Profiles of Peacekeepers The troops contributed to the UNs first two missions established in 1948, UNTSO and UNMOGIP largely came from Europe, the Americas and the ANZAC countries (Australia, New Zealand and associated States). The peacekeepers were unarmed military observers and all were men. During the 1990s, the profile changed as developed countries shrank their militaries because of the end of the Cold War and/or became reluctant to commit their soldiers to UN-commanded operations. The largest troop contributors now are in South Asia (Pakistan, Bangladesh, India, Sri Lanka and Nepal) and Africa (Ghana, Nigeria). Arab and Latin American countries also provide significant numbers of troops. However, in 2006, Europeans returned to play a major role in UN peacekeeping in Lebanon, when UNIFIL was expanded following the conflict between Israel and Hezbollah. In a reflection of their appreciation of and confidence in - United Nations peacekeeping, several countries that once hosted UN operations now contribute troops, including Bosnia and Herzegovina, Cambodia, Croatia, El Salvador, the former Yugoslav Republic of Macedonia, Guatemala, Namibia, Rwanda and Sierra Leone. Peacekeepers are no longer only soldiers. UN police related activities have increased in size and complexity over the past few years. There are now more than 11,000 UN police deployed around the world, with that number expected to increase to 16,900 in the coming year as they build up their presence in Darfur, Chad and the Central African Republic. Women have also taken on an increasingly important role in UN peacekeeping. More and more, they are represented in the military, police and civilian components of peacekeeping operations. In an historic event, the first ever all-female contingent to serve in a UN peacekeeping operation was deployed in 2007, when a 125-strong Formed Police Unit from India arrived in Liberia. Their presence has served to demonstrate the special contributions that women can make to law enforcement.

New Reforms UN peacekeeping continues to evolve, both conceptually and operationally, to meet new challenges and political realities. Faced with the rising demand for increasingly complex peace operations, the United Nations in the past few years has been overstretched and challenged as never before. The Organization has worked vigorously to strengthen its capacity to manage and sustain field operations and, thus, contribute to the most important function of the United Nations maintaining international peace and security. In his 2007 annual report, the Secretary-General expressed concern that the increasing complexity and growing challenges faced by United Nations peacekeeping have stretched the capacity of the Organization to address the problems in the field. To strengthen the UNs capacity to manage and sustain peace operations in an era when the demand for blue helmets has reached an all-time high, the Secretary-General proposed a restructuring of the Department of Peacekeeping Operations; the establishment of a separate Department of Field Support; a major augmentation of working-level resources in both departments and in other parts of the Secretariat dealing with peacekeeping matters; and new capacities as well as integrated structures to match the growing complexity of mandated activities.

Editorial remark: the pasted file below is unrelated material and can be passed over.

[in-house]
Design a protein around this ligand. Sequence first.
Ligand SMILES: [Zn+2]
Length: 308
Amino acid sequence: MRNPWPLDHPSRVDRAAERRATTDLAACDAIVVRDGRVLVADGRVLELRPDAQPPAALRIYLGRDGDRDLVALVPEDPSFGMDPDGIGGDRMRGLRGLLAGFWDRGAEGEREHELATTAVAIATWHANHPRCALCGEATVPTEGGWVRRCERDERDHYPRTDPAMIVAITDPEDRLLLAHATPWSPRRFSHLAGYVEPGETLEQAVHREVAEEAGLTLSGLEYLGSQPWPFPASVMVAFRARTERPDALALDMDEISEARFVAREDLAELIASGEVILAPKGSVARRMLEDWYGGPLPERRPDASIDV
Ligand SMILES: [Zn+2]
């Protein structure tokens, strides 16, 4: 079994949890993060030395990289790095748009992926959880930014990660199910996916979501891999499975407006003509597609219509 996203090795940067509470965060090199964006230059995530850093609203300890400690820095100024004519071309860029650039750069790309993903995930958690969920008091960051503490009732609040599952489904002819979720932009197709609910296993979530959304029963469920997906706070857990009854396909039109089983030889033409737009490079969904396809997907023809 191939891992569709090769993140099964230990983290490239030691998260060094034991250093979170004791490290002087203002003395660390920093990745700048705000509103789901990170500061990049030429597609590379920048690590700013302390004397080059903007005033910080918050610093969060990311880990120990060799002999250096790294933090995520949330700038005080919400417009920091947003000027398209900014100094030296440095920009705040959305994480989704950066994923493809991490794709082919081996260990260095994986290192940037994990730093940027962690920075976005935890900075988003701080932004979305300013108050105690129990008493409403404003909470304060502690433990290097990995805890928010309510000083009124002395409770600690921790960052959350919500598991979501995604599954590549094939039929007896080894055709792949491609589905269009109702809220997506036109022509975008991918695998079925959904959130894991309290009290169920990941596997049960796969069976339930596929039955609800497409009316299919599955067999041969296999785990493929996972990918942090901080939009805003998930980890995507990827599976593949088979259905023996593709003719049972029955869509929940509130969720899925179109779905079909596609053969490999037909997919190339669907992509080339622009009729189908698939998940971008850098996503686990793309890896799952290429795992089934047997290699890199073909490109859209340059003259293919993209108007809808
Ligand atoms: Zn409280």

5 The Dag Hammarskjld Medal In 1997, on the occasion of the 50th anniversary of peacekeeping in 1998, the Security Council decided to establish the Dag Hammarskjld Medal. Since then the medal has been awarded annually to the peacekeepers that have fallen while serving in the cause of peace the preceding year.

International Day of UN Peacekeepers By resolution 57/129 of 11 December 2002, the General Assembly designated 29 May the day the first mission was established as the International Day of United Nations Peacekeepers, to pay tribute to all the men and women who have served and continue to serve in United Nations peacekeeping operations for their high level of professionalism, dedication and courage, and to honour the memory of those who have lost their lives in the cause of peace. * *** *